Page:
Cote St. Luc Dramatic Society Spring production of Cabaret

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May 10, 2019

The Montreal Times, by Stuart Nulman, EntertainmentTheater

For this year’s edition of their annual spring production, the Cote St. Luc Dramatic Society (CSLDS) will present an acclaimed Broadway musical with a more somber, adult twist to it, as it takes place in Berlin circa 1931, during a time when Germany and the rest of the world were in the grip of the Great Depression, was facing the steady, violent rise of Adolf Hitler and his Nazi Party, but at the same time was enjoying a thriving – yet decadent – entertainment scene.

“Cabaret”, which was originally produced on Broadway during the mid-1960s and became an Oscar-winning film in 1972, will run for 21 performances at the Harold Greenspon Auditorium, 5801 Cavendish Boulevard, from May 29 to June 16.

Based on the stories of Christopher Isherwood, “Cabaret” focuses on Sally Bowles, an expatriate American singer who is the star attraction at the Kit Kat Club, which is the focal point of her world during these turbulent times in Berlin.

“Cabaret is one of my favorite shows. I love the club scenes and the musical numbers there. However, I felt compelled to produce the show since 2017 in the wake of what happened in Charlottesville,” said Anisa Cameron, the CSLDS’ longtime director who is helming this production. “I find Cabaret more relevant right now because it answers the question of what I can do as an artist to make much more sense in today’s world. This is the perfect show that illustrates what can happen in the face of the apathy and willful ignorance that affects events which are swirling around us.”

Cote St. Luc Mayor Mitchell Brownstein, who also doubles as a producer for the CSLDS, will not perform onstage for the first time in a long time, as was his custom. This time, owing to the serious nature of the historical context of “Cabaret”, has engineered a partnership with the Montreal Holocaust Museum to help create more awareness of the events in Germany that led to the rise of Hitler, and the start of World War II and the Holocaust.

“The Montreal Holocaust Museum will set up an exhibit in the front of the lobby with photos to show what really happened in Germany during the period that Cabaret takes place in,” he said. “We are also having high school and CEGEP students attend performances of the show, in which they will also get the chance to meet with Holocaust survivors following each show. Cote St. Luc has always been a leader when it comes to protecting human rights, because we believe that diversity creates a better world. And education is very important to reach out and show people what lessons history can teach us.”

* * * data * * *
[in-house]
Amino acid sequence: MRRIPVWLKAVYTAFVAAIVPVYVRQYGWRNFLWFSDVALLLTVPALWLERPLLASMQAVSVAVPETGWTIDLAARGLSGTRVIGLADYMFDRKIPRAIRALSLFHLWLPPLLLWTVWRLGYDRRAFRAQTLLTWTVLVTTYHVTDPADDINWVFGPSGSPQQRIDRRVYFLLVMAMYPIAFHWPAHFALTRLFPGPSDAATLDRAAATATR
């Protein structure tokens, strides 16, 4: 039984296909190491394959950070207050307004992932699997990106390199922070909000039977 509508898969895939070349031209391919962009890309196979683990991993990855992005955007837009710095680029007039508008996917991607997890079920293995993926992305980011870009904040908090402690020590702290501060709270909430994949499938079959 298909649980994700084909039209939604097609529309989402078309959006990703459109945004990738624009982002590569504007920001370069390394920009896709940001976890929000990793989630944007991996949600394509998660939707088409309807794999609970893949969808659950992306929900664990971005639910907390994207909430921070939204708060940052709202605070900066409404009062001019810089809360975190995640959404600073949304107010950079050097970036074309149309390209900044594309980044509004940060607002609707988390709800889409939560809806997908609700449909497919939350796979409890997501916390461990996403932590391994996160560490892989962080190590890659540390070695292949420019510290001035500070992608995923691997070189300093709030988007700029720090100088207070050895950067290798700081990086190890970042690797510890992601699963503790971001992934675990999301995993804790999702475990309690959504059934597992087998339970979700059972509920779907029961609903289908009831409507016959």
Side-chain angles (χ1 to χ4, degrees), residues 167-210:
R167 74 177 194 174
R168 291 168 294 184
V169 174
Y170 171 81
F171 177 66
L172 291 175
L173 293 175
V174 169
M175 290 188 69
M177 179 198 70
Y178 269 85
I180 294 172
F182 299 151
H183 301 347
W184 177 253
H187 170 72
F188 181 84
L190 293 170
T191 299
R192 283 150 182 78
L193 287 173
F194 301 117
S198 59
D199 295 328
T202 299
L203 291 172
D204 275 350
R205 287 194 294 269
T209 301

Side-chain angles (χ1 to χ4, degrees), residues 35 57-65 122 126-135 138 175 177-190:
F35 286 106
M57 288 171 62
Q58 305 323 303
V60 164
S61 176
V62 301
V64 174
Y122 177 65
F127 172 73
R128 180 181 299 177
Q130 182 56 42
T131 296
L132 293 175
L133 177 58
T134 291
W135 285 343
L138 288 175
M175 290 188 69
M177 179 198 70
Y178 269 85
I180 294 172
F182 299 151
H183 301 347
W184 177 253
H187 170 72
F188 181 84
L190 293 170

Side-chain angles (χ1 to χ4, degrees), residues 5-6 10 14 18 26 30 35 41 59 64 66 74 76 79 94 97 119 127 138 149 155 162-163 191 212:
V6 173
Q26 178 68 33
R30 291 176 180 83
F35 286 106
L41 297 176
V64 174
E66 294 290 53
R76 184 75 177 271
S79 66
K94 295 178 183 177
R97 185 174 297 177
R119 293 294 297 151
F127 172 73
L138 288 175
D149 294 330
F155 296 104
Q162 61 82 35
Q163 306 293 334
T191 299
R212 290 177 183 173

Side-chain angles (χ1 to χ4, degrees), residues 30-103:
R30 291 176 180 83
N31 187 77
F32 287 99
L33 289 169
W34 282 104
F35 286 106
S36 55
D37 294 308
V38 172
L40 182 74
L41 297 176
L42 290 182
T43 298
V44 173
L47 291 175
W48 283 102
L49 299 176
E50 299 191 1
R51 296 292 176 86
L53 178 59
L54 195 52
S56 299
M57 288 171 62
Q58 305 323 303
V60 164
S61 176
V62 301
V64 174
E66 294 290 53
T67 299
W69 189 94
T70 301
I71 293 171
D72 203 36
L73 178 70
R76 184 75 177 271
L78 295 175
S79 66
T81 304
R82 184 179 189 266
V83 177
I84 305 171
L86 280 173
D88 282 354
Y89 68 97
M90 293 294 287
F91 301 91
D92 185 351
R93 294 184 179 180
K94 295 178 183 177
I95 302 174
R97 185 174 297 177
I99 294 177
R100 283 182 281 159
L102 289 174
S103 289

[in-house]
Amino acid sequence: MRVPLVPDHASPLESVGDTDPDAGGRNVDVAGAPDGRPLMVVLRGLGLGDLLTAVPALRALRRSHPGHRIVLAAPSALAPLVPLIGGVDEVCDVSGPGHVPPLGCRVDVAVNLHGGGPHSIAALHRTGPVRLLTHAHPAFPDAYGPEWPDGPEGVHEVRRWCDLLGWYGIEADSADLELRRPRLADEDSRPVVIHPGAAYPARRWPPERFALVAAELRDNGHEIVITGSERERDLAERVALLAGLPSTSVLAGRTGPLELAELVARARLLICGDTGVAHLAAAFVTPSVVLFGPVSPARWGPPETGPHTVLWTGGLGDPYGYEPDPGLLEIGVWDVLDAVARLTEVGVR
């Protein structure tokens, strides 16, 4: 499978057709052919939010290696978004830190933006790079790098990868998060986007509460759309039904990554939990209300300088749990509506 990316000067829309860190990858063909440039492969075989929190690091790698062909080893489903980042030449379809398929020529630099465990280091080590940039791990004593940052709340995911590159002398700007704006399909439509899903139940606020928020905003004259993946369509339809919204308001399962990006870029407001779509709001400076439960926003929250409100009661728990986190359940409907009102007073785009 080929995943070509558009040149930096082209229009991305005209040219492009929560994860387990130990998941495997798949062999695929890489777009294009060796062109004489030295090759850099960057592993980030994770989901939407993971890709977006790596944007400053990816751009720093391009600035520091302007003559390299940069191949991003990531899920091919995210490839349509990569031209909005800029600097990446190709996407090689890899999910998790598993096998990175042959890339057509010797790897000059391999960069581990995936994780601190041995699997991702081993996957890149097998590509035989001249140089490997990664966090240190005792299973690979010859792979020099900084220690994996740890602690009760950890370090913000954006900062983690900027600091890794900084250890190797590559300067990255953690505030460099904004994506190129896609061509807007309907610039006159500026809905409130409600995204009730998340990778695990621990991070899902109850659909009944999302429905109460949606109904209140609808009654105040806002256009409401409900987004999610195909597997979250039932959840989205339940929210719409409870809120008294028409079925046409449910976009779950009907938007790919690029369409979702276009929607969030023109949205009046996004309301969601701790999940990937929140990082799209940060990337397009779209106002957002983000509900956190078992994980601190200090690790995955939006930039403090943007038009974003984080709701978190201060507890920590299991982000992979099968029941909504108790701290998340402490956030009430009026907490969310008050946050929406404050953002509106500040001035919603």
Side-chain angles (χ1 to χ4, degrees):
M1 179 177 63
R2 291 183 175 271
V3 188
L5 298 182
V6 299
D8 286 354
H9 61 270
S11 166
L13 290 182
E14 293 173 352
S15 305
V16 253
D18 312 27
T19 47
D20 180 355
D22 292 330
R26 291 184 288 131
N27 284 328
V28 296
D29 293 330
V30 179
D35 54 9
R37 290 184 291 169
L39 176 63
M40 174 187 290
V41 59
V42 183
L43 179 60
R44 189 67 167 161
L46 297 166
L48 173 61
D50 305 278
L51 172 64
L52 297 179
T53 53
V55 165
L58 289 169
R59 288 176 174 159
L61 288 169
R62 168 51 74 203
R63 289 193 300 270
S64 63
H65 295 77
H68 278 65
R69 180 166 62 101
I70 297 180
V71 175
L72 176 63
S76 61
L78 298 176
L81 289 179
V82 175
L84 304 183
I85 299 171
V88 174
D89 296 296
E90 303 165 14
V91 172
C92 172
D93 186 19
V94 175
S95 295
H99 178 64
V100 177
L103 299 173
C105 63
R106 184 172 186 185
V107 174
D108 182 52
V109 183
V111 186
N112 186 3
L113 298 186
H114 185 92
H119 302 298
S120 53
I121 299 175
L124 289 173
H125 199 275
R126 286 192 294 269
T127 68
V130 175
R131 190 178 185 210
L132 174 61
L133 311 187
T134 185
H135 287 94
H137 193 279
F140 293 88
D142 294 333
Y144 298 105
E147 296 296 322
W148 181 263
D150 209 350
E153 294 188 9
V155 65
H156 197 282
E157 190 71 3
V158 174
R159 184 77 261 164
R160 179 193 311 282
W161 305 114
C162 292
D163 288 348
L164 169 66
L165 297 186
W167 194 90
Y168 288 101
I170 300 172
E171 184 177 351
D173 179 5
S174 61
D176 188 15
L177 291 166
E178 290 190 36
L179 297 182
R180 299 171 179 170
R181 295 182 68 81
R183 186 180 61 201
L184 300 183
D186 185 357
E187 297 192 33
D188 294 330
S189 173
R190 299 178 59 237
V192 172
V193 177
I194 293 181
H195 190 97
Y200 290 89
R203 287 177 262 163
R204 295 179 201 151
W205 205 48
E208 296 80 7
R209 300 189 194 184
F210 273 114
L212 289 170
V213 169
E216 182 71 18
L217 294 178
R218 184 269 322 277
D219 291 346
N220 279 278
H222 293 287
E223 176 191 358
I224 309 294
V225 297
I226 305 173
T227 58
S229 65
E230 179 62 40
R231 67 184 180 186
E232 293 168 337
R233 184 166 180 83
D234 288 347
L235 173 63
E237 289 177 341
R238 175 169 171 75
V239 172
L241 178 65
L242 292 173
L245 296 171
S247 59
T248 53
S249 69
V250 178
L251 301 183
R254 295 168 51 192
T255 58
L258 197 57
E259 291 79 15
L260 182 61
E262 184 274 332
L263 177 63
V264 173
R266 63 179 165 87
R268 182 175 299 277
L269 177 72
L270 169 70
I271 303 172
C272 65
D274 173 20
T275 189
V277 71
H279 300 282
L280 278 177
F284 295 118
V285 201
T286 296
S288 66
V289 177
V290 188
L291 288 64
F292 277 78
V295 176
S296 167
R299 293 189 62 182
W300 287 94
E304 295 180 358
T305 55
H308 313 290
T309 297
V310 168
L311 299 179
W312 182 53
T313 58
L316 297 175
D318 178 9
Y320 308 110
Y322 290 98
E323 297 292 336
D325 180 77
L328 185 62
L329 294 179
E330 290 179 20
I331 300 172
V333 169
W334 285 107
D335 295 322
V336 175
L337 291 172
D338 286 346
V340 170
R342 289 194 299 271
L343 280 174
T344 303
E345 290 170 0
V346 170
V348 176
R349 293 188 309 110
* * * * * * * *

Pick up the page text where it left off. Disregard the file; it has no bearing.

Ms. Cameron is quite impressed with the overall feel of “Cabaret”, especially the musical numbers that are performed by the eight women, three men and one non-gender binary transgender man who make up the club’s chorus. “The numbers will definitely knock your socks off,” she added. “And to really help create a genuine feel for the Kit Kat Club in Berlin during the early 30s, audience members will have the option of purchasing special tickets that will give them access to actual cabaret-style seating, which will include beverage service and an opportunity to interact with the cast during the show.”

To create a buzz for “Cabaret” before opening night, members of the troupe will be performing a selection of musical numbers from the show at certain senior residences in the area, including Maimonides, as well as special preview mini performances at the Beth Zion Synagogue on May 21 and the Cote St. Luc Men’s Club.

And on May 29, the CSLDS will kick off its run of “Cabaret” with a Gala evening that starts at 6 p.m. at the Cote St. Luc Council Chamber. The opening performance of “Cabaret” will be preceded by a presentation of live musical numbers of certain songs from previous CSLDS productions, as well as a screening of a video featuring 96-year-old Holocaust survivor Margaret Newman, who will be present at the Gala to answer questions following the screening. Tickets for the May 29 Gala are $150, and proceeds will be used towards the cost of bringing high school and CEGEP students to see “Cabaret” during the run of the show. To purchase tickets to this event, go to, or call Ryan Nemeroff at 514-485-6806, ext. 2022 or via email at